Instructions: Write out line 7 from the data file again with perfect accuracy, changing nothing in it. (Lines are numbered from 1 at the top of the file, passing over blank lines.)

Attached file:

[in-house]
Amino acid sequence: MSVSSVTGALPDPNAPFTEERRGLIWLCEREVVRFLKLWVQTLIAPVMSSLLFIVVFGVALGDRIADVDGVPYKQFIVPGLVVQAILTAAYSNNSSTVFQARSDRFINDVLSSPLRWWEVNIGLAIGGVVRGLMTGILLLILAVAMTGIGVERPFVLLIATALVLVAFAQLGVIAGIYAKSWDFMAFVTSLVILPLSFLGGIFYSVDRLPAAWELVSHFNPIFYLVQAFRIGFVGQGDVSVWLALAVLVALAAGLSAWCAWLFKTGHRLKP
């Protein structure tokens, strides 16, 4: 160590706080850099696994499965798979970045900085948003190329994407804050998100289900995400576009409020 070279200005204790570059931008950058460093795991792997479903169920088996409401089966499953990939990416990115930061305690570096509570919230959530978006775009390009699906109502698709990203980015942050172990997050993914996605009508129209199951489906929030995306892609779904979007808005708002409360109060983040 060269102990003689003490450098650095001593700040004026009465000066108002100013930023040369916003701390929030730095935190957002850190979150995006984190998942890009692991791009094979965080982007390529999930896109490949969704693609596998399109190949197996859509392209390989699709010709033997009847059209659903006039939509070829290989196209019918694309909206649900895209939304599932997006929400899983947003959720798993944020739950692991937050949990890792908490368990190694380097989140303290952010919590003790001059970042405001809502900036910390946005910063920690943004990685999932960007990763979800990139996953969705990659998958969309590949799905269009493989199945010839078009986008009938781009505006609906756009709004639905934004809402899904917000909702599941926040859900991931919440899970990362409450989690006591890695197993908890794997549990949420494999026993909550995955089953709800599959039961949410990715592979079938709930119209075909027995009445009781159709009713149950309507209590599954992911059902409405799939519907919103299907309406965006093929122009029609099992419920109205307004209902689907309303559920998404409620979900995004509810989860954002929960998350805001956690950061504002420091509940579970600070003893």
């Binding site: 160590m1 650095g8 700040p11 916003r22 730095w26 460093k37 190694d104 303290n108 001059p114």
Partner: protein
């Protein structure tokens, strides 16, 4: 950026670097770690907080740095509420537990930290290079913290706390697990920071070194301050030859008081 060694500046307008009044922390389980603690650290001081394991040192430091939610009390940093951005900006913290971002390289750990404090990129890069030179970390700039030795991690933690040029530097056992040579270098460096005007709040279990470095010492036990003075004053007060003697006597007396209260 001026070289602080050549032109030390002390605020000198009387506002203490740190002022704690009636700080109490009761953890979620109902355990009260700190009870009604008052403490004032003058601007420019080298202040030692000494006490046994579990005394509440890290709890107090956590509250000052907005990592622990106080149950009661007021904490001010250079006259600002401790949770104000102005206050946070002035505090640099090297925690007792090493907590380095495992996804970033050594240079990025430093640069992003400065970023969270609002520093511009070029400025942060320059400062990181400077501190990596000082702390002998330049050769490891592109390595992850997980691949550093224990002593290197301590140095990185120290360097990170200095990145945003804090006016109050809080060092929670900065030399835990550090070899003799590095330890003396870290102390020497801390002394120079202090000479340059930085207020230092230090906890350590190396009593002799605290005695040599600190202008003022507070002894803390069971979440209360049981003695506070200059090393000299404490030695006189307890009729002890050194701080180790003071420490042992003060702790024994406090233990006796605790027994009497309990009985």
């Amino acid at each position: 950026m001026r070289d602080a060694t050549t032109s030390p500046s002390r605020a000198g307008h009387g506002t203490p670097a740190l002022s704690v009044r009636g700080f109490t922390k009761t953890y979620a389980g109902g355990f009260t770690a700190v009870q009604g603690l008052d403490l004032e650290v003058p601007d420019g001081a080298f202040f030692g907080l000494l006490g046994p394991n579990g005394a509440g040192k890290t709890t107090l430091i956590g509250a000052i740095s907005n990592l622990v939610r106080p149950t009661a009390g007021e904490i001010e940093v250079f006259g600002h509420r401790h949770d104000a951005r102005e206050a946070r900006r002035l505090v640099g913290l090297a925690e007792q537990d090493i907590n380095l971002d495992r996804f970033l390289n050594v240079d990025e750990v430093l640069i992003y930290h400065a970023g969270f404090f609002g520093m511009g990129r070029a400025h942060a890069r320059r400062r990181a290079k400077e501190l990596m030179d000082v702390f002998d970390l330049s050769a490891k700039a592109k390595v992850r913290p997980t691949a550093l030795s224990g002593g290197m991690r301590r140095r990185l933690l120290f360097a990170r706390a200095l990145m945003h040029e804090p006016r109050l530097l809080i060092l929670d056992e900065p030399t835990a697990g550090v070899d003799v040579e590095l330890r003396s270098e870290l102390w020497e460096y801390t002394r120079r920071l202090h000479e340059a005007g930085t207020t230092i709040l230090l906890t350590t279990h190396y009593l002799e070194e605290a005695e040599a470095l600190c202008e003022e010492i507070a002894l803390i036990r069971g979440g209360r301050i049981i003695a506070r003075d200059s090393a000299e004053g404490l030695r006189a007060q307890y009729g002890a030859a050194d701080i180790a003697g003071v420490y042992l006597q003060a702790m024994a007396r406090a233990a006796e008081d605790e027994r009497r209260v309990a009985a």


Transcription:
């Amino acid at each position: 950026m001026r070289d602080a060694t050549t032109s030390p500046s002390r605020a000198g307008h009387g506002t203490p670097a740190l002022s704690v009044r009636g700080f109490t922390k009761t953890y979620a389980g109902g355990f009260t770690a700190v009870q009604g603690l008052d403490l004032e650290v003058p601007d420019g001081a080298f202040f030692g907080l000494l006490g046994p394991n579990g005394a509440g040192k890290t709890t107090l430091i956590g509250a000052i740095s907005n990592l622990v939610r106080p149950t009661a009390g007021e904490i001010e940093v250079f006259g600002h509420r401790h949770d104000a951005r102005e206050a946070r900006r002035l505090v640099g913290l090297a925690e007792q537990d090493i907590n380095l971002d495992r996804f970033l390289n050594v240079d990025e750990v430093l640069i992003y930290h400065a970023g969270f404090f609002g520093m511009g990129r070029a400025h942060a890069r320059r400062r990181a290079k400077e501190l990596m030179d000082v702390f002998d970390l330049s050769a490891k700039a592109k390595v992850r913290p997980t691949a550093l030795s224990g002593g290197m991690r301590r140095r990185l933690l120290f360097a990170r706390a200095l990145m945003h040029e804090p006016r109050l530097l809080i060092l929670d056992e900065p030399t835990a697990g550090v070899d003799v040579e590095l330890r003396s270098e870290l102390w020497e460096y801390t002394r120079r920071l202090h000479e340059a005007g930085t207020t230092i709040l230090l906890t350590t279990h190396y009593l002799e070194e605290a005695e040599a470095l600190c202008e003022e010492i507070a002894l803390i036990r069971g979440g209360r301050i049981i003695a506070r003075d200059s090393a000299e004053g404490l030695r006189a007060q307890y009729g002890a030859a050194d701080i180790a003697g003071v420490y042992l006597q003060a702790m024994a007396r406090a233990a006796e008081d605790e027994r009497r209260v309990a009985a």